Vaccines, Herd Immunity, and Disease Re-Emergence – What’s the Deal?

Domestic, Global Health, GlobeMed, International, Policy, Public Health
By Michael Zingman We hear about immunizations in the news. We are encouraged to get vaccinated. We hear friends and family talking about how they just “never got vaccinated” for something. We then hear about outbreaks and re-emergence of vaccine-preventable diseases. So what is causing this re-emergence exactly? Vaccines are one of the most crucial global health resources and are significant tools that can be utilized to protect large populations in both developed and developing nations from disease. Many diseases are vaccine-preventable, meaning if hypothetically everyone were to be vaccinated, the disease would become eradicated. One of such eradicable diseases is measles. Measles was once “eliminated” from the United States; however, recently, there has been extensive media coverage over a measles outbreak within the country. Measles was eliminated but not eradicated because of a slight minority of people…
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World AIDS Day

Domestic, Foreign Relations, Global Health, International, Public Health, Social Justice
To celebrate World AIDS Day, take a listen to the following inspirational StoryCorps presentation: http://www.npr.org/2012/11/30/166162027/a-lifes-ministry-springs-from-a-dilemma-over-aids For more coverage of the day's events, news, stories, and to get involved, visit http://www.worldaidsday.org/ In the spirit of giving, please consider donating to GlobeMed at Northwestern: http://www.globalgiving.org/projects/increase-public-health-and-sanitation-in-uganda/
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Global Warming and Global Health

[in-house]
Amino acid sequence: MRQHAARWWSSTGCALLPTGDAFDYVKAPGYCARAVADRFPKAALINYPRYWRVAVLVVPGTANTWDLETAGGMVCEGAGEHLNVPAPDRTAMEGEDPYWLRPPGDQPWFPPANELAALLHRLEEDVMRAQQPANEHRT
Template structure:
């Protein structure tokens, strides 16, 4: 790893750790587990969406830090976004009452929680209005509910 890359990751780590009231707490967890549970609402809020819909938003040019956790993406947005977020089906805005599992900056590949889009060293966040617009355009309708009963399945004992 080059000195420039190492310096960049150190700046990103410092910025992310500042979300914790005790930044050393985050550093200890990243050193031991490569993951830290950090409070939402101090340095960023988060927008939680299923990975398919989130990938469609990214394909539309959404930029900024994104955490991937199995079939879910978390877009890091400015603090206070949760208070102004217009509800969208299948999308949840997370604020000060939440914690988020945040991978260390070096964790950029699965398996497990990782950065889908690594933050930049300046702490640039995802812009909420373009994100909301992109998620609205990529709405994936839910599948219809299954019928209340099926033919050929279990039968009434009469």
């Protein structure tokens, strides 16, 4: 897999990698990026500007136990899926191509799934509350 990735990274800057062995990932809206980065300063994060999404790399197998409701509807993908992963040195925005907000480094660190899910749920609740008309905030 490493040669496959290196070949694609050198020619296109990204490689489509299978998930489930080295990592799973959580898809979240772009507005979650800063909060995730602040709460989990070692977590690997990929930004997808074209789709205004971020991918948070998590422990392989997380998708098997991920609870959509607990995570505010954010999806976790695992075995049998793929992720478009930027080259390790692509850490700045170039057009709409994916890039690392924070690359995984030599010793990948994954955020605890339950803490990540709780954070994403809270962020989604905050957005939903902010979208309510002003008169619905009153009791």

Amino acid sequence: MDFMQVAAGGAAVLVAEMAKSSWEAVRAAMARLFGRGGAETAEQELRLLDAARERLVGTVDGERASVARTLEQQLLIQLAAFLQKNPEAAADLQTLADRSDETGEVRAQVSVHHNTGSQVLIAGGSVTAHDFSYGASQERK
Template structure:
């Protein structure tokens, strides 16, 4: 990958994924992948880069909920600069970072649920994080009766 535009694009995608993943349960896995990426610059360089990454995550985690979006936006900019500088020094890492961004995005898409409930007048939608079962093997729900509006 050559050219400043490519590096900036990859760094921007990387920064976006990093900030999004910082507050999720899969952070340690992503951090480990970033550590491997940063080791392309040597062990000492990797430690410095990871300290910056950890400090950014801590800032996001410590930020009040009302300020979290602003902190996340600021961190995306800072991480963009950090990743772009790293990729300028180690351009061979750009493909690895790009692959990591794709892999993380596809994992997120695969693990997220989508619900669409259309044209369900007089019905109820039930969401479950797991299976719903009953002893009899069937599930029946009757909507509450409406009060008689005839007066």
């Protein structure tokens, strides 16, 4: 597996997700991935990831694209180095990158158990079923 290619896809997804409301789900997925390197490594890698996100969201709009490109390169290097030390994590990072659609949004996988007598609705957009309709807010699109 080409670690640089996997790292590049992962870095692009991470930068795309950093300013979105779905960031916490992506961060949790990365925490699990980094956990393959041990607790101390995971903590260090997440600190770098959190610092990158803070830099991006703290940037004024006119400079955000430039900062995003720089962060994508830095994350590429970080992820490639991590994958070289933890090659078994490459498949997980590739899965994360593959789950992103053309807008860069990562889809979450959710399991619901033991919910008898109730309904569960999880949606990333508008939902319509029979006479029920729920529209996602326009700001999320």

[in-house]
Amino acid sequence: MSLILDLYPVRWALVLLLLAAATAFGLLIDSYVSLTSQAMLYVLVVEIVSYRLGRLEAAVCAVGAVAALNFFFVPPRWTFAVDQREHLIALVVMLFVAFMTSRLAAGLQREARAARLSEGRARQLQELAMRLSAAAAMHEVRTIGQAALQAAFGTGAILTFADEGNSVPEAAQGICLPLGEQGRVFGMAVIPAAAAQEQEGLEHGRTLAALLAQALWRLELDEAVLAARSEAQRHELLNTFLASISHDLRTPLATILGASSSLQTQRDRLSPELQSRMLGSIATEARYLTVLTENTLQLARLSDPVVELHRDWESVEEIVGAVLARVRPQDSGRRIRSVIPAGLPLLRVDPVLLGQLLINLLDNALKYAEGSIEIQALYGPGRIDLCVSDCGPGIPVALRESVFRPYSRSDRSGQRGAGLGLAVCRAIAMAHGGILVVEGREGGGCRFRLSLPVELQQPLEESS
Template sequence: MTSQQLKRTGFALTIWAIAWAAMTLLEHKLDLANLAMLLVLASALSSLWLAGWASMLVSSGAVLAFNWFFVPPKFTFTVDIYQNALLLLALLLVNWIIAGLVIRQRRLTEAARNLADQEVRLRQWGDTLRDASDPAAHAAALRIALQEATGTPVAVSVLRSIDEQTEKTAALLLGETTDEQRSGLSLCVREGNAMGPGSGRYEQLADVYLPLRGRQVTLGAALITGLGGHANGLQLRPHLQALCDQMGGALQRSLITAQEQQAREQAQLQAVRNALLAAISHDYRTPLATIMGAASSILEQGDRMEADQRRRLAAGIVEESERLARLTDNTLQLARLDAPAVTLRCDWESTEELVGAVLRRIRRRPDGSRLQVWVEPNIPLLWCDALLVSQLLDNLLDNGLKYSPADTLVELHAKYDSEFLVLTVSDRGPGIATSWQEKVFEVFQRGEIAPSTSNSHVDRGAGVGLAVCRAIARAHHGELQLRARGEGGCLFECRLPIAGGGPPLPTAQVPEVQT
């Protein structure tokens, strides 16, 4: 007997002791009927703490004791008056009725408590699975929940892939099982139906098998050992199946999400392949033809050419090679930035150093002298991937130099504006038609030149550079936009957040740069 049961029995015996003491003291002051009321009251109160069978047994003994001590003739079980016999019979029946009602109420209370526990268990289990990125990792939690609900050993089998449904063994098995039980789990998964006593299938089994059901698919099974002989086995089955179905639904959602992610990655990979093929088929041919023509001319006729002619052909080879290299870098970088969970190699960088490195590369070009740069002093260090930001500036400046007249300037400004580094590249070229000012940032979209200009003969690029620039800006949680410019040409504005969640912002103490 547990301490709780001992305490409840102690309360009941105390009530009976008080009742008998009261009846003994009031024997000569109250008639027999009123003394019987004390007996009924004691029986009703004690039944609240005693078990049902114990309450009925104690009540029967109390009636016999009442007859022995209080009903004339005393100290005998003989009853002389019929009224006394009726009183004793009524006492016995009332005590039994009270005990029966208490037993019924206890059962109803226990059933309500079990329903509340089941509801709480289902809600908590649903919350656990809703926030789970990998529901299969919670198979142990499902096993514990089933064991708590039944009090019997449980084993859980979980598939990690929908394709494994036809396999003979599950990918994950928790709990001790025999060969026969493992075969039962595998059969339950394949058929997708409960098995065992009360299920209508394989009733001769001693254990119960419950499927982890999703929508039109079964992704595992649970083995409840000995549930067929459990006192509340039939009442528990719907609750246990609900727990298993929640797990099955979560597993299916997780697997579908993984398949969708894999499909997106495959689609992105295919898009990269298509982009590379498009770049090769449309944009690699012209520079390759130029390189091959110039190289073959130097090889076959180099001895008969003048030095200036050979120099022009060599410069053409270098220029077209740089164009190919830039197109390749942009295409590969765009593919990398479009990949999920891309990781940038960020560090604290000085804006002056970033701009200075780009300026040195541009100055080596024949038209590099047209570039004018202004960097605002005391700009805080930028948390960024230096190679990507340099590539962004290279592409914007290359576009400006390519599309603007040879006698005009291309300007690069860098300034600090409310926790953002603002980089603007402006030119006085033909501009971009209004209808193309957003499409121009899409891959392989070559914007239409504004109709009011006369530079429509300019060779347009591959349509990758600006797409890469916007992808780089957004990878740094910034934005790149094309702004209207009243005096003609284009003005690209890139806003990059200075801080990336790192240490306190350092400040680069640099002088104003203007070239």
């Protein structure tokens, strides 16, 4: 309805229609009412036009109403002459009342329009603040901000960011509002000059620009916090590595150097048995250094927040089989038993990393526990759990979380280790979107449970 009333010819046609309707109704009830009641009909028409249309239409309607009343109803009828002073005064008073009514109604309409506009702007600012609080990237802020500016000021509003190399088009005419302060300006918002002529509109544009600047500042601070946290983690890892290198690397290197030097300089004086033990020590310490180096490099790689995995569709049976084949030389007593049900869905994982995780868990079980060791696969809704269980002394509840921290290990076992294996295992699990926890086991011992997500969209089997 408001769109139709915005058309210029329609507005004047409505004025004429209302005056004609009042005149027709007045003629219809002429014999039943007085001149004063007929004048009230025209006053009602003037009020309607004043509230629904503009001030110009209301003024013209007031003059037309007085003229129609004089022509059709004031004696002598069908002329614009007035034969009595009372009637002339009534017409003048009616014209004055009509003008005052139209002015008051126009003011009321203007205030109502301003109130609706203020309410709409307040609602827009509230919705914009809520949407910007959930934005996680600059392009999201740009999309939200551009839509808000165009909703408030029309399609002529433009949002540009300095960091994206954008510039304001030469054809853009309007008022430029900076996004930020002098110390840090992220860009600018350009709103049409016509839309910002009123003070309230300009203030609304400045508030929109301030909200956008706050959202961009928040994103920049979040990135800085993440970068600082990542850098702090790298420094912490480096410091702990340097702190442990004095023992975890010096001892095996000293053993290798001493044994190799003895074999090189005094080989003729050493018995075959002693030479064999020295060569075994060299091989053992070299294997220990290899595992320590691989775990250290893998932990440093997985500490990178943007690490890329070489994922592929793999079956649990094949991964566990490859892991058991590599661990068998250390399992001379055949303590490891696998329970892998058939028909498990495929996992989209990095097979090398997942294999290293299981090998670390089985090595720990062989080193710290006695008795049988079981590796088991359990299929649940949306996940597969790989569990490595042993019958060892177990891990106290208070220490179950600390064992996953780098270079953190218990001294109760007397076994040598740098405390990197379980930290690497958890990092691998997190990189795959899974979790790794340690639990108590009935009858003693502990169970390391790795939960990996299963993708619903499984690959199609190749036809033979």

Global Health
It's October now, but think back to this past summer; in most parts of the country it was blisteringly hot.  Over the whole United States, more than 80 people died because of the heat (http://usnews.nbcnews.com/_news/2012/07/09/12642682-americans-get-relief-from-heat-but-severe-storms-loom?lite).  From January to June 2012 more record highs were achieved than all of 2011 combined (http://www.wltx.com/weather/article/197773/347/More-2012-Record-Highs-than-All-of-Last-Year).  While it is important to remember that a single year of high temperatures and hot summer weather alone does not prove the existence of global warming or climate change, it does make you wonder why Americans continue to think that global warming is not a real phenomenon. But perhaps a way to get more people aware of the issues surrounding climate change is to introduce the problem not as an environmental issue but rather as a public health issue.  A…
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Public Health and Organic Food

Global Health, Nutrition, Public Health
Many of you may have heard that a recent study from Stanford researchers indicates that the health benefits of eating organic food are not as readily apparent as once thought, at least over a course of a few years (http://annals.org/article.aspx?articleid=1355685).  Utilizing over 200 peer-reviewed studies that examined both the differences between organic and non-organic food and the health of people who eat organic and non-organic food, researchers concluded that: "The published literature lacks strong evidence that organic foods are significantly more nutritious than conventional foods."  Reaction was widespread, but to make a gross generalization, many consumers were upset and felt duped or misled by companies advocating the benefits of organic food, which is often more expensive than comparable non-organic products.  After all, it only makes logical sense that putting more chemicals and…
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Malaria Vaccine Breakthrough: Implications for Global Health?

Global Health, International, Public Health
Malaria, transmitted by infected Anopheles mosquitoes, causes more than 780,000 deaths each year. The deaths occur disproportionately in Africa, particularly Sub-Saharan Africa. Conventional malaria prevention methods include insecticide-treated mosquito nets (ITNs) and indoor residual spraying (IRS). Earlier this week, the results of a Phase III study in 7 African nations showed that RST,S/AS01 (vaccine against P. Falciparum - deadliest of the four malaria types) reduces the risk of severe malaria in children by 47 per cent. The drug is developed by GlaxoSmithKline in partnership with the PATH Malaria Vaccine Initiative, and funded by the Gates Foundation. It has taken 24 years since the drug development process started to get to this point. What seems to be the world's first malaria vaccine is well under way, with final results expected in…